New head for SASAC
Zhang Yi, vice- chairman of the State- owned Assets Supervision and Administration Commission, was promoted to chairman of the main State-owned enterprises’ administrative and managing body on Tuesday.
He fills the vacancy left by Jiang Jiemin, former head of the commission, who was sacked in September for “severe violations of discipline”.
The official website of the commission changed Zhang’s title from vice-chairman to chairman quietly on Christmas Eve and confirmed his title change to the media on Wednesday.
Both Zhang and Jiang were transferred to work at the commission as vice-chairman and chairman, respectively, in March 2013, from their former posts as Party chiefs of Ningxia Hui autonomous region and China National Petroleum Corp. Zhang has actually been carrying out the sub-chairman’s duties since Jiang’s dismissal.
Born in 1950 in Heilongjiang province and majoring in forestry at college, Zhang’s recorded career started as a prefectural Party secretary of the Greater Khingan Mountains in Heilongjiang. He quickly worked his way up to provincial leader in Heilongjiang, Hebei and Ningxia and then to vice-Party secretary of the Communist Party Central Committee’s Discipline Inspection Commission.
Zhang is the fourth head of the commission since its establishment in 2003. It is responsible to investors and supervises and manages 113 large State-owned enterprises as well as many of their branch businesses.
Strong in Party work, Zhang does not have as dazzling a career record in economics, finance and management as his three predecessors.
The retirement age for ministerial officials is 65 in China. The remaining two years for Zhang, if he works in his new post until his retirement, will not be easy for him because the commission is in charge of sketching out and implementing a series of pressing Stateowned enterprises reforms, according to the Third Plenum of the 18th Central Committee of the Communist Party of China.
The reform plan indicates that by 2020, 30 percent of State-owned enterprises’ profits should be handed over to the government to improve the livelihood of the general public. Currently, the ratio is lower for general State-owned enterprises, SOE resources and energy giants and for military SOEs.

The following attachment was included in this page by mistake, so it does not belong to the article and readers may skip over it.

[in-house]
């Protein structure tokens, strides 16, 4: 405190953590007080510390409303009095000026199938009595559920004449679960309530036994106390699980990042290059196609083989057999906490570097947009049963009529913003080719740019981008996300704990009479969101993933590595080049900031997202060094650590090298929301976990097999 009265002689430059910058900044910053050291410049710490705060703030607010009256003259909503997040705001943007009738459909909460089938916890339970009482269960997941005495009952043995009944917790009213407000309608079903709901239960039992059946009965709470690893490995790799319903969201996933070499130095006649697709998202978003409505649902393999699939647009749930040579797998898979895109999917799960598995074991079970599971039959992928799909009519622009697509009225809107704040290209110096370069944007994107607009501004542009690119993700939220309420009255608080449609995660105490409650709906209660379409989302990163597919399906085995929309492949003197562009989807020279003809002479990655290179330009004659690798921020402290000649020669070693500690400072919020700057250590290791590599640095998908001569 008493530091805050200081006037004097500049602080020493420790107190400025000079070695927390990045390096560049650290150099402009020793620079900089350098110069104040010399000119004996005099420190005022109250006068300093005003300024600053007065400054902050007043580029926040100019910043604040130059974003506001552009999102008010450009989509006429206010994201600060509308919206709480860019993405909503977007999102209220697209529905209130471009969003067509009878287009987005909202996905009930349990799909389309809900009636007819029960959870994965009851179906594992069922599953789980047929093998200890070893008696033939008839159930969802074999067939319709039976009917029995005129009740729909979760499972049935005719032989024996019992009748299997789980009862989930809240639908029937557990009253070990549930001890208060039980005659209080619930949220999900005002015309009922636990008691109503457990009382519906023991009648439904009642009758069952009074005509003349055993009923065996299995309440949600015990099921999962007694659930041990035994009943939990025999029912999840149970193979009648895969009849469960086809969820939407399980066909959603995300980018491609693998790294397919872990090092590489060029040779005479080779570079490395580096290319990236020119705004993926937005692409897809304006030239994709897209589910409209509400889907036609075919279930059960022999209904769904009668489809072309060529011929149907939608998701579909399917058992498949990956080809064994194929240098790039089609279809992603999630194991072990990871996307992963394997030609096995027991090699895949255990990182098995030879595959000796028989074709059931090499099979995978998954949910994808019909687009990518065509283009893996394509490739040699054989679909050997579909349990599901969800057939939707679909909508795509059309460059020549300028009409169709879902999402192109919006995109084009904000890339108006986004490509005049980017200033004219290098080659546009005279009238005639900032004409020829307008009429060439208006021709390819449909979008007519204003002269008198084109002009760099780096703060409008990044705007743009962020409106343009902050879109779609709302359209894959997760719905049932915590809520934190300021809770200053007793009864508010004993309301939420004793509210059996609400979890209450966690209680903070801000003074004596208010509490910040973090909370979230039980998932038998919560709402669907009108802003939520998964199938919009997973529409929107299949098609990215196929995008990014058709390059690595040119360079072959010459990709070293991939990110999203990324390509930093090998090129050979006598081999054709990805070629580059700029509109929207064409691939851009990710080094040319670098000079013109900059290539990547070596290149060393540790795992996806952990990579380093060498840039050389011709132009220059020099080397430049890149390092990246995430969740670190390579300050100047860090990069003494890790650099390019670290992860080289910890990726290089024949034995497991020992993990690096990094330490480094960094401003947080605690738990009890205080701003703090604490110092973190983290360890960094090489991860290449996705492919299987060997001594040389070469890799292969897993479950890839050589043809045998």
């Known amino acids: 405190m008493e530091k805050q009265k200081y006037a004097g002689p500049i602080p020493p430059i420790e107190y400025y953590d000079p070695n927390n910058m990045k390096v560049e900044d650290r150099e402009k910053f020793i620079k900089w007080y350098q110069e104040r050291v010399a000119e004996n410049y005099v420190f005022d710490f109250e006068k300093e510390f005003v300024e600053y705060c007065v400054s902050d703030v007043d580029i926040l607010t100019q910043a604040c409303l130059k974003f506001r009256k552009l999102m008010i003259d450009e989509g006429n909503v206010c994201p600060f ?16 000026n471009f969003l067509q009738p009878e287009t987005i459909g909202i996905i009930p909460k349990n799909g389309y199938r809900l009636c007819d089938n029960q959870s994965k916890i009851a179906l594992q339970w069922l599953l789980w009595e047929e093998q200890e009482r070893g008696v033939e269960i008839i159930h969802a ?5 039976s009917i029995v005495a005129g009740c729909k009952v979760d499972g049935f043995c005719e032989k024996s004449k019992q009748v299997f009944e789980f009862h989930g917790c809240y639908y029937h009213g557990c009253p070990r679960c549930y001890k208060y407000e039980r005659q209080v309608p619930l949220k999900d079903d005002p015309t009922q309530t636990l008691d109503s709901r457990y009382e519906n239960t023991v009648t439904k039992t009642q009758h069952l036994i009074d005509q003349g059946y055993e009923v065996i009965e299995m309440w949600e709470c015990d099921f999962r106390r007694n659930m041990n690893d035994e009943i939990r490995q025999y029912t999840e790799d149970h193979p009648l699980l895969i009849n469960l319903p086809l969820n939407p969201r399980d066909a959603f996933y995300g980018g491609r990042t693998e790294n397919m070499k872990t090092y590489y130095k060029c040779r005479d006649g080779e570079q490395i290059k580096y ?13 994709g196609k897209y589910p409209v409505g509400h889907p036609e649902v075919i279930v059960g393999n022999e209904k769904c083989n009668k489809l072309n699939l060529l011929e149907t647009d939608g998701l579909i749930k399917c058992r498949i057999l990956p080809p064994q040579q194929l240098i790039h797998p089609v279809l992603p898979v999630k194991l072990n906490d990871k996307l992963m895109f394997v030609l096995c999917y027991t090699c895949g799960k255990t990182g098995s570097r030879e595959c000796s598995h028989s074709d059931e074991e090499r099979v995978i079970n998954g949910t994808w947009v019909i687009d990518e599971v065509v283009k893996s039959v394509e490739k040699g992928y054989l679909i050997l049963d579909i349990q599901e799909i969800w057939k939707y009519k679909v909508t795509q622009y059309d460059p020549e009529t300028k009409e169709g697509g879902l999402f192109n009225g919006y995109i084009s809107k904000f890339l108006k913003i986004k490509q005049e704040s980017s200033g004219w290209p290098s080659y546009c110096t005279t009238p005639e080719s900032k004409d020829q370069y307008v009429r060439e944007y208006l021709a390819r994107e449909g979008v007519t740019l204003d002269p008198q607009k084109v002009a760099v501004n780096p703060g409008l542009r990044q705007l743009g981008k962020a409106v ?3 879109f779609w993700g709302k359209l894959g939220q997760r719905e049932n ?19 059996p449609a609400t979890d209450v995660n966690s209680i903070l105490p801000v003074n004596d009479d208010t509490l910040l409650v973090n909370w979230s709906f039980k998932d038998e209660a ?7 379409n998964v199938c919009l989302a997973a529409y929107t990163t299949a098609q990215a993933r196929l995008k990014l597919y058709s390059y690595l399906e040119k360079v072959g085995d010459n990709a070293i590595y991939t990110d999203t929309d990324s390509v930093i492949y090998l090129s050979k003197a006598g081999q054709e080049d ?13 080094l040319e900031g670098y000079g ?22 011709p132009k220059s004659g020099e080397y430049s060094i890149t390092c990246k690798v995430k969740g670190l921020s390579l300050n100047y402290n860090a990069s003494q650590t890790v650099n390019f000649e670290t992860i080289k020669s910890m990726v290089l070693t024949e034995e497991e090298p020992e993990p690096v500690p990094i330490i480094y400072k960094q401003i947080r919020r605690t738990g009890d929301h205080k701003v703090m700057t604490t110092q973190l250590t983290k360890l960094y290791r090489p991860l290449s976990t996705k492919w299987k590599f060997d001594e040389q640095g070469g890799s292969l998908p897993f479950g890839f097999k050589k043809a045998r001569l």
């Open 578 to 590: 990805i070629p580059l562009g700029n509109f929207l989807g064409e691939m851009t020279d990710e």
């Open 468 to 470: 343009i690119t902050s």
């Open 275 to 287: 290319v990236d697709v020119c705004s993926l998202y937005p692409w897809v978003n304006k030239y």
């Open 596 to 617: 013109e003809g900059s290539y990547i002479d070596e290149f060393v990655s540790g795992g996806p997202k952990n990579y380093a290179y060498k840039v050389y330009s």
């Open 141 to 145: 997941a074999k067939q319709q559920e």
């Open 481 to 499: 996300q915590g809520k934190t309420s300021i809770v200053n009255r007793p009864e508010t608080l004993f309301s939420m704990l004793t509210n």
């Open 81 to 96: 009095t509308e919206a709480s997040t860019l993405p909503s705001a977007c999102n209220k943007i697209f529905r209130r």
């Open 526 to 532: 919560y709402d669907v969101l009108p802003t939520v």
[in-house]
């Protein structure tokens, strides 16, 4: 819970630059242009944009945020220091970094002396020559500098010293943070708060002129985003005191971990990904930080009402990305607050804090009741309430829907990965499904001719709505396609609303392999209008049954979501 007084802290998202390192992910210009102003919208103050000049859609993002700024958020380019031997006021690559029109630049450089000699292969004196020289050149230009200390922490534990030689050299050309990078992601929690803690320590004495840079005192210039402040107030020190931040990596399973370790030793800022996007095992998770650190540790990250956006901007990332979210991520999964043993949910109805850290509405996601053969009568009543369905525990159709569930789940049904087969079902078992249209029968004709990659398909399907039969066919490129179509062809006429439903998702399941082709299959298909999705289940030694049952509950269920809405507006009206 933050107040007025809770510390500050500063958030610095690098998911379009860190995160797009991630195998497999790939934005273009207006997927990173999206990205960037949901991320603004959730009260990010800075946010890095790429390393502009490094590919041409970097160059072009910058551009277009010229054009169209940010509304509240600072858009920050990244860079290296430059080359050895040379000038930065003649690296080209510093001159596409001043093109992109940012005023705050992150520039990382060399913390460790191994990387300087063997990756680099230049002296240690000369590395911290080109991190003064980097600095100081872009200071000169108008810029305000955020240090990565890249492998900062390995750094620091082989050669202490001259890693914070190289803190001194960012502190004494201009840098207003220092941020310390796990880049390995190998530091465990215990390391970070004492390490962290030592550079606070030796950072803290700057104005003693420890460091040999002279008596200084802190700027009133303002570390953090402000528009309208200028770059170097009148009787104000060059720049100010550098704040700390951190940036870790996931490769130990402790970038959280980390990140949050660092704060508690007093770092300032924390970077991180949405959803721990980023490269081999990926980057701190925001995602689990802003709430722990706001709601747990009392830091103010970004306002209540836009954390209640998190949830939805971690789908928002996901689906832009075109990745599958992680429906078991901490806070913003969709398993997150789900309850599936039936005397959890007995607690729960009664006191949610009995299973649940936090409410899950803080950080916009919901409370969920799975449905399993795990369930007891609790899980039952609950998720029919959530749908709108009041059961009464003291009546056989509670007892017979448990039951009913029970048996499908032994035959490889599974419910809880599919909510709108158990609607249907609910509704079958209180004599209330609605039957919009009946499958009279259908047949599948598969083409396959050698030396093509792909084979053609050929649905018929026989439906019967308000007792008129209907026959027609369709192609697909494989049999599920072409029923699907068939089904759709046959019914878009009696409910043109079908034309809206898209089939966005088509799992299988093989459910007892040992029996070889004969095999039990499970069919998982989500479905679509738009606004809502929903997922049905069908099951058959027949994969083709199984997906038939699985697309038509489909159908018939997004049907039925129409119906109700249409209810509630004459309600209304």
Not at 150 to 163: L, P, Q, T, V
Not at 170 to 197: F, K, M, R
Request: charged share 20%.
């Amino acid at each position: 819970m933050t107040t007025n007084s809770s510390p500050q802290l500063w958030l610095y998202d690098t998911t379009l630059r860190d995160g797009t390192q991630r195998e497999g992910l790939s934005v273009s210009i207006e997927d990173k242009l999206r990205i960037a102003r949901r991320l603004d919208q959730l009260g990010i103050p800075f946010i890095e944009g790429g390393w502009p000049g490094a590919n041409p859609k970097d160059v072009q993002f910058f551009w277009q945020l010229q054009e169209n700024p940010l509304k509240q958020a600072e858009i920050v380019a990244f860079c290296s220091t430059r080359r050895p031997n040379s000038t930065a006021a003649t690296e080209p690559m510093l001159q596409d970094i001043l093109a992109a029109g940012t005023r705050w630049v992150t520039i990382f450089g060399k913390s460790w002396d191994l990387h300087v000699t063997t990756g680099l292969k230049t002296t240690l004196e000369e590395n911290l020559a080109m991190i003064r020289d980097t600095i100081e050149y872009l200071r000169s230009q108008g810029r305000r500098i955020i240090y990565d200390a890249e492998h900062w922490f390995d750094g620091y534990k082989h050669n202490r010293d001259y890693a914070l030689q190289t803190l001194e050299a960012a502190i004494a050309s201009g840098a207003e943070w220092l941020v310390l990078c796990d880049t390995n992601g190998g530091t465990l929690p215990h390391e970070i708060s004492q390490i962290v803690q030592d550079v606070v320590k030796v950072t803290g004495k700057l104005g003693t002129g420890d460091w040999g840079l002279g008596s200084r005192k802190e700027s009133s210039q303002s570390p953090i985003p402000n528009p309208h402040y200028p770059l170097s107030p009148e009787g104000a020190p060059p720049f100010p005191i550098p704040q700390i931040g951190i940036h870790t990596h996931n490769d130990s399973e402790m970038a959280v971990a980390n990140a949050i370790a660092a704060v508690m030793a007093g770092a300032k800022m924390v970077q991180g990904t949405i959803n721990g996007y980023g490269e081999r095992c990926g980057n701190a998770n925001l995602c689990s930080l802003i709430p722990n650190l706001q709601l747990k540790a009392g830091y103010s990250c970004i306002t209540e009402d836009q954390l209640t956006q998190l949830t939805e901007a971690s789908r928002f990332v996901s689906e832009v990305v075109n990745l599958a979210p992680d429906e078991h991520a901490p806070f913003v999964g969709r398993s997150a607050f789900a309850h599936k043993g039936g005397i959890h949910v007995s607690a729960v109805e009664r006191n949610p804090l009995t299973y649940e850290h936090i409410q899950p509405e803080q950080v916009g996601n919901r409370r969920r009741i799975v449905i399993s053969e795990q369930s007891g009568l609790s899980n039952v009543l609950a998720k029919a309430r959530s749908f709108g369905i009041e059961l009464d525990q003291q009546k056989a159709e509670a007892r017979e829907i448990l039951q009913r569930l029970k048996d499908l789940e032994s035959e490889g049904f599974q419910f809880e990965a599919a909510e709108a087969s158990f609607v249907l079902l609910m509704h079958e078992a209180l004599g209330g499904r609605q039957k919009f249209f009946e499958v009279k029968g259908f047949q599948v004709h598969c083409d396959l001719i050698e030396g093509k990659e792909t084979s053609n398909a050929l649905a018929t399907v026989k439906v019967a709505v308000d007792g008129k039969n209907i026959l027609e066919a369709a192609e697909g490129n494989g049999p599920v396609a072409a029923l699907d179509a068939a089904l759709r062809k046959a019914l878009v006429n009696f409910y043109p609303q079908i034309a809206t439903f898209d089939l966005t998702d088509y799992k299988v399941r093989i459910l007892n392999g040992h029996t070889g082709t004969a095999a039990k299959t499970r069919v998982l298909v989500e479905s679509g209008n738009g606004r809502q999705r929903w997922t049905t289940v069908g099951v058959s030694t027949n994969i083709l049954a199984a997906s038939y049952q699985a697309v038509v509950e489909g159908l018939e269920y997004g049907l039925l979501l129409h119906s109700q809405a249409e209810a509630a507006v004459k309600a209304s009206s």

Low- key and efficient, Zhang’s six months of work in the commission has won wide support from his colleagues. His work experience in vastly different regions proves his ability at coordination and seeing the big picture, which is desperately needed for Stateowned enterprise reform that involves the interests of various parties and is of strategic importance for national development.
State- owned enterprise reform entails changes in the activities of the commission in the first place. The primary task for Zhang, unprecedented for his predecessors, is to redefine the commission’s duties from an almighty administrator of human affairs, management issues and assets of State- owned enterprises into a more professional supervisor of their assets only, Peng Jian’guo, a researcher with the commission, pointed out.
Huang Shuhe, vice-chairman of the commission, said at a recent news conference that SASAC is considering whether to set up some Stateowned capital investment and management companies and support qualified SOEs to reorganize themselves as State- owned capital investment corporations.
“The State- owned assets supervisors at various levels will not interfere with individual enterprises’ autonomy in management and the enterprises’ legal persons’ property rights,” added Huang.
Analysts believe the commission’s internal department and labor distribution will change accordingly.
Second, according to the reform plan drawn up by the CPC, the commission urgently needs to promote the development of a mixed- ownership economy in State-owned enterprise reforms by actively supporting the participation of private capital in the SOE shareholding adjustments.
Huang said: “We are debating whether to classify SOEs into different categories according to their fields and performances and make different shareholding reform plans and policies for different enterprises” to avoid the loss of State-owned assets.
Zhang Yi, chairman of the State-owned Assets Supervision and Administration Commission